Pirates in need of more pitching

The Pirates were once a team with a bright future but the mediocrity of this past season seems to point to another collapse.

In 2013, the Pirates ended a 21-year drought from postseason play. A memorable Wild Card victory over the Cincinnati Reds that year, another Wild Card appearance in 2014, and an impressive 98-win season in 2015 suggested that the Pirates were finally moving in the right direction after years of misery.

They had offensive weapons up and down the lineup and a stellar pitching staff that had the second-best ERA in the National League with a bullpen that won 19 consecutive decisions from June to September of 2015. The Pirates appeared to finally have the missing ingredient: great pitching.

Then the 2016 trade deadline approached, and the Bucs shocked their fans by trading All-Star closer Mark Melancon to the Washington Nationals.

From that point on, it all seemed to go downhill.

In December of 2016, former Korean phenom Jung Ho Kang was arrested for a DUI in South Korea and has yet to return to the United States.

Then in April, less than three weeks into the new season, the Bucs were in the news again — this time for the 80-game suspension of All-Star outfielder Starling Marte after he tested positive for PEDs.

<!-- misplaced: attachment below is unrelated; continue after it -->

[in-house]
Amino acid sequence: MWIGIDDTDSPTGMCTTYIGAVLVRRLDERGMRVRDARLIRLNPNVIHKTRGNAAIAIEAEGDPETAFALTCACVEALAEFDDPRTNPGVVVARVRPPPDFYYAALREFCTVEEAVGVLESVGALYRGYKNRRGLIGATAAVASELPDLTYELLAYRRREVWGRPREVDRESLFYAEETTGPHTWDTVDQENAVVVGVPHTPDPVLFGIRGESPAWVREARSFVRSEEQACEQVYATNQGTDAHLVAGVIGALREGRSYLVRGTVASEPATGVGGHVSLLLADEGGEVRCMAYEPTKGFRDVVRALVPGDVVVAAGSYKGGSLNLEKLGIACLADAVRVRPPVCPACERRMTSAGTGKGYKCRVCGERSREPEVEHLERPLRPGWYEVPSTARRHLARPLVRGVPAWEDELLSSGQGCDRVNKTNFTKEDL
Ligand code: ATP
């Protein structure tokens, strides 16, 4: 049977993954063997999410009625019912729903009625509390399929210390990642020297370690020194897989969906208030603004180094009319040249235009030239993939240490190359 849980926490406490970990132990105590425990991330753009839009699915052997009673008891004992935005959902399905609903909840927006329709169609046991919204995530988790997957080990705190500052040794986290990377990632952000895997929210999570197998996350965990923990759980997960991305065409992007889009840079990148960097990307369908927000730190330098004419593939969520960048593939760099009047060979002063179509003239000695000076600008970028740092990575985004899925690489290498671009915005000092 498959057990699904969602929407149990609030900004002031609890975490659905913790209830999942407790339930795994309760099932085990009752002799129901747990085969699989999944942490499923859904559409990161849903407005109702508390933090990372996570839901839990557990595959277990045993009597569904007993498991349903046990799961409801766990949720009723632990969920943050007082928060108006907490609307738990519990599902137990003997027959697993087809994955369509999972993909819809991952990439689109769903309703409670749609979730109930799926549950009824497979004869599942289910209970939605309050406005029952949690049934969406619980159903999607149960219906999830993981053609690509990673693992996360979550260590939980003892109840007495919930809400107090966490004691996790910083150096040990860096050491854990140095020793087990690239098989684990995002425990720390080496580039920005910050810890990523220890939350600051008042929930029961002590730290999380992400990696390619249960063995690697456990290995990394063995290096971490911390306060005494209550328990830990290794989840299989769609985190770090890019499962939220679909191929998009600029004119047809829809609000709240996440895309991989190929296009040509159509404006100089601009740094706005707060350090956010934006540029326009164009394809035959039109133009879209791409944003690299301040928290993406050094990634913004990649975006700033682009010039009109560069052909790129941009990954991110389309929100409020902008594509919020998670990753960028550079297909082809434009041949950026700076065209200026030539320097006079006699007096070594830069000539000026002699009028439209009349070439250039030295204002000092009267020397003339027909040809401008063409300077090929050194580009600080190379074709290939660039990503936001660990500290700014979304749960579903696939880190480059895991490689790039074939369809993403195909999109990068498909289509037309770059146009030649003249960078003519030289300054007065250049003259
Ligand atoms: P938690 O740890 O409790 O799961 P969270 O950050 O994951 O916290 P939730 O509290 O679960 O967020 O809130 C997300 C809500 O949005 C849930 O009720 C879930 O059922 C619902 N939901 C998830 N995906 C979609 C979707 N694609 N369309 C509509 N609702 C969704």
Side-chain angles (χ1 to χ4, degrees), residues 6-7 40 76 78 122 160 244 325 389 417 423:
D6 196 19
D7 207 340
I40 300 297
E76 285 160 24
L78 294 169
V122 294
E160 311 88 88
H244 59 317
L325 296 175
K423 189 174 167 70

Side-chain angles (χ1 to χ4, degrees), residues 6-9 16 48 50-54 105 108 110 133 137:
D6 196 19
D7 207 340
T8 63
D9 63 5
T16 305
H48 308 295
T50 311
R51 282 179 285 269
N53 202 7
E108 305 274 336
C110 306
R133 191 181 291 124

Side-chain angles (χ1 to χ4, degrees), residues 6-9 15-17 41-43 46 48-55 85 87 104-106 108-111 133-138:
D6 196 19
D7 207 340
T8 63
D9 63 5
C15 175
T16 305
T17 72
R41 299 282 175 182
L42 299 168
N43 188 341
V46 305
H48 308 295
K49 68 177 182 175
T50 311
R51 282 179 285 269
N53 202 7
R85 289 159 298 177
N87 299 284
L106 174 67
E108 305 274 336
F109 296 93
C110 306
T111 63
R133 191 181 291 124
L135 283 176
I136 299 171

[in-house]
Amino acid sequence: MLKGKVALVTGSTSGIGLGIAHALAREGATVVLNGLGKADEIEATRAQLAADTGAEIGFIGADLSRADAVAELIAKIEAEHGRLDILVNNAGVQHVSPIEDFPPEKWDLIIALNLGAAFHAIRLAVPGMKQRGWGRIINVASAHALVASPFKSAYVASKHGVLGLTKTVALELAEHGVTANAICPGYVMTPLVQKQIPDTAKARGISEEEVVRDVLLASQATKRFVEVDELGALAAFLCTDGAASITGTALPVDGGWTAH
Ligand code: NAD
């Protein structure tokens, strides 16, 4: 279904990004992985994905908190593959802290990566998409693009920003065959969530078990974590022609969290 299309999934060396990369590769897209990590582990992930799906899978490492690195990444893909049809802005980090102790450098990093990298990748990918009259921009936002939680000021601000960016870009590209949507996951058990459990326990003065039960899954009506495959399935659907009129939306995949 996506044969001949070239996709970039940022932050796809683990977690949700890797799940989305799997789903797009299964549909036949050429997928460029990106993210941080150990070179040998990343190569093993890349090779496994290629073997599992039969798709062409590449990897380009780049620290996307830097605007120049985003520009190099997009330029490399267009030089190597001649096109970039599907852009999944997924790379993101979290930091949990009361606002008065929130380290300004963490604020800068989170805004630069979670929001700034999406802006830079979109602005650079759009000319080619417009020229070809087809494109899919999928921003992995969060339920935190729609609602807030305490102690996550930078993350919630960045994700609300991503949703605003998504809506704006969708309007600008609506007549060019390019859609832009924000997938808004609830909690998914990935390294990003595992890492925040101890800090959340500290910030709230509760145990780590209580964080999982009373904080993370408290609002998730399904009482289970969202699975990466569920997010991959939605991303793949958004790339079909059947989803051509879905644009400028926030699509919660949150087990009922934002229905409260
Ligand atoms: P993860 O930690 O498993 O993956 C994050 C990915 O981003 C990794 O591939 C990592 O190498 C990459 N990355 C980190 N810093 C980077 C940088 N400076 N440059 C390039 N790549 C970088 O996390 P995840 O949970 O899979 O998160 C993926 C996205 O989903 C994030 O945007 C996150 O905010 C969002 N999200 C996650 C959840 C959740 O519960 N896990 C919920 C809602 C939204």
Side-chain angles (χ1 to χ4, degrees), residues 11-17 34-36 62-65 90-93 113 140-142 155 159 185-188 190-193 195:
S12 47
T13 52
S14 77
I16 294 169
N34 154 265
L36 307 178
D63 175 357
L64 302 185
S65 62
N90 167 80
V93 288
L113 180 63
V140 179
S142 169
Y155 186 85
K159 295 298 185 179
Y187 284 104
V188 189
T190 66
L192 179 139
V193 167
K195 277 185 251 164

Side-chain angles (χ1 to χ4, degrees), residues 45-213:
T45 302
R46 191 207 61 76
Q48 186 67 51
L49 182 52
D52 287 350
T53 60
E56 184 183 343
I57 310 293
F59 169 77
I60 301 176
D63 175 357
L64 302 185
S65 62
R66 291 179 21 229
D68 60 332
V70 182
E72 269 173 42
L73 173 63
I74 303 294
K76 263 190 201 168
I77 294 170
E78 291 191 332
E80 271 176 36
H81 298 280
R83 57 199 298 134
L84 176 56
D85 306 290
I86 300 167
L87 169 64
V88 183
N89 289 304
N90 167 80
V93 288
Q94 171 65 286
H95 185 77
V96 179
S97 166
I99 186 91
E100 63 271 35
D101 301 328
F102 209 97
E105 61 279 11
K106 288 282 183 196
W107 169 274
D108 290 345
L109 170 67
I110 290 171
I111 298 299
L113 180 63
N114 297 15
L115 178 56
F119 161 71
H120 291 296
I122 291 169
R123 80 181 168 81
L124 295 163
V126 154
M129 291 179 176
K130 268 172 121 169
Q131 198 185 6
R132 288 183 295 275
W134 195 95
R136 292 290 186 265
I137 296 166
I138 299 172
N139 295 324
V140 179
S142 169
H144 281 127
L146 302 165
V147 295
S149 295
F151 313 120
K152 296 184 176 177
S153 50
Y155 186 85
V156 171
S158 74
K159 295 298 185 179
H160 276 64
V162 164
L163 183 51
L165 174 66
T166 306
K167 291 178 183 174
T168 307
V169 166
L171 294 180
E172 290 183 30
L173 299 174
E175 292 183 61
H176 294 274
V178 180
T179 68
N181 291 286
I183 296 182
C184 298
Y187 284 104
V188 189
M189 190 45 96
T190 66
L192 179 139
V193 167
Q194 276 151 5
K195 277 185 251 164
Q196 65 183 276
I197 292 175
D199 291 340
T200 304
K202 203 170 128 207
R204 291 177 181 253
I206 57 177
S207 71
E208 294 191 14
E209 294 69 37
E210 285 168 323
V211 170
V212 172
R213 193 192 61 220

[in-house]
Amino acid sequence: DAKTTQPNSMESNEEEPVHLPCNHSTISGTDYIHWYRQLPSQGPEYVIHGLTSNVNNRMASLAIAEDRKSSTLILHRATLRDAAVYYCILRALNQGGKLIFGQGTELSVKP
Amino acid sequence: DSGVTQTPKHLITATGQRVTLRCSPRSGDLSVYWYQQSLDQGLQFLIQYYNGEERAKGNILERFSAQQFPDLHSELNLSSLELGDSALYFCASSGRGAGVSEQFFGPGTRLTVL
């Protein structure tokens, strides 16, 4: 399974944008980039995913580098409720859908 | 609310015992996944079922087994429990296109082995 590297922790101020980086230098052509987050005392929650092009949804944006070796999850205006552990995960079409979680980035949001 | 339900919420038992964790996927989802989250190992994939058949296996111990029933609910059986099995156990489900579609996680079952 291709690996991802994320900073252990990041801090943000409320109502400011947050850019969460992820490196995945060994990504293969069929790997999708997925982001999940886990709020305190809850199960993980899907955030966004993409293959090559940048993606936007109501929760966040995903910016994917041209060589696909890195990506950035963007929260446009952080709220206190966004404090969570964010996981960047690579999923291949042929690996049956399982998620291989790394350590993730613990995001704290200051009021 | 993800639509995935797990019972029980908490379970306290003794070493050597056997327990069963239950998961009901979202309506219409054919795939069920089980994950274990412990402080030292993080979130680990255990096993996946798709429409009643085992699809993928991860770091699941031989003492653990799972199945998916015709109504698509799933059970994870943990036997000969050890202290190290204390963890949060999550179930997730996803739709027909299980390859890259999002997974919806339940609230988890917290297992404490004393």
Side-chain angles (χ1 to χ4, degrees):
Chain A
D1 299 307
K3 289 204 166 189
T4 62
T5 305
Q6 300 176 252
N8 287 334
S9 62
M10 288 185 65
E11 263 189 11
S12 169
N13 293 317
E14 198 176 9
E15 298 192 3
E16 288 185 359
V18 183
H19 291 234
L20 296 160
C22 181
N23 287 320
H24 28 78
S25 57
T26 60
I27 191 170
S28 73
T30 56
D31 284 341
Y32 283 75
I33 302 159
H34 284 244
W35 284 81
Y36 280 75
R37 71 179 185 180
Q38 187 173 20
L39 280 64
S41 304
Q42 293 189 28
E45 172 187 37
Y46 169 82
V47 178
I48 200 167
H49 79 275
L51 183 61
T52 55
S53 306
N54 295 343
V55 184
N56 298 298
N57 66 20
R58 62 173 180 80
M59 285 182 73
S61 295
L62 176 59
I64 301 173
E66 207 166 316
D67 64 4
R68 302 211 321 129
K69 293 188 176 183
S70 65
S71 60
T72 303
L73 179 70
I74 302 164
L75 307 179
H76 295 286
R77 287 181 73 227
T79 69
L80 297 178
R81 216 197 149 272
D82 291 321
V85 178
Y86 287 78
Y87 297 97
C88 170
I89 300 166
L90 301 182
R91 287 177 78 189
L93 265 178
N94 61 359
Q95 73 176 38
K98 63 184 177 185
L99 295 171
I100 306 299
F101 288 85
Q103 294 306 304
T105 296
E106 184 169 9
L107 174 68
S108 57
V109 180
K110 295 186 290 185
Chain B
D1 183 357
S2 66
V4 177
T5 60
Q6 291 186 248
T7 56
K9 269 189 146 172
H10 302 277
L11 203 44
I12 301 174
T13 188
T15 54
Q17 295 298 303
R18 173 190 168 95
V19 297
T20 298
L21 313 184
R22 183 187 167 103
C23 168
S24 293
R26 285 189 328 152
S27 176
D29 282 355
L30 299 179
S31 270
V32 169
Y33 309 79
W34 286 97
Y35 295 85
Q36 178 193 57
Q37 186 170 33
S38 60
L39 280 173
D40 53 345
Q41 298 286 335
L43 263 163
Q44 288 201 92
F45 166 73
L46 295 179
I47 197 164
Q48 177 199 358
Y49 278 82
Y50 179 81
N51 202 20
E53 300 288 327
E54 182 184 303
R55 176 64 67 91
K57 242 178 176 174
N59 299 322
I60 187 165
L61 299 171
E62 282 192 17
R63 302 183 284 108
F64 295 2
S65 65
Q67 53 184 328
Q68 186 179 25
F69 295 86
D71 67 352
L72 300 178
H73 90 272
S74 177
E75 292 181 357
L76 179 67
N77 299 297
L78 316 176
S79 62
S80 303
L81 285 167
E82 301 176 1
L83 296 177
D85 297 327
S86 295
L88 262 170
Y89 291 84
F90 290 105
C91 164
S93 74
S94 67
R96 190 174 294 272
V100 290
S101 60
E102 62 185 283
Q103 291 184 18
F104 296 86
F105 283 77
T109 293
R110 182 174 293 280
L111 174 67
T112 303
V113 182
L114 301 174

Still, despite the shocking trade and all of the legal issues that the Pirates faced in the last year, a successful 2017 season was not out of reach. The NL Central was not a strong division this year. Just a week after the All-Star break, the Pirates were only three games back of the division lead, but they collapsed after that.

The Pirates have struggled because they lack great pitching. The same ingredient that helped the Bucs win 98 games in 2015 haunted them in 2017. Pitching has been inconsistent, and management should be blamed for failing to improve it.

The team allowed makeshift closer Tony Watson to struggle for weeks before finally promoting Felipe Rivero to the role. They then traded Watson to the Los Angeles Dodgers, the league’s best team, and really got nothing for him.

While the rest of the league’s contenders improved their pitching staffs, the Pirates’ front office did the exact opposite. They either traded or released pitchers while receiving little or nothing in return. The only notable move was the reacquisition of utility man Sean Rodriguez.

The front office failed the team, the city and its fans by not pursuing pitchers.

Thus, until the front office realizes that pitching is the most important ingredient to making a championship run, the Pirates will be a subpar team for decades to come.

Ryan Graffius

Johnstown

(The writer is a junior at Penn State Altoona.)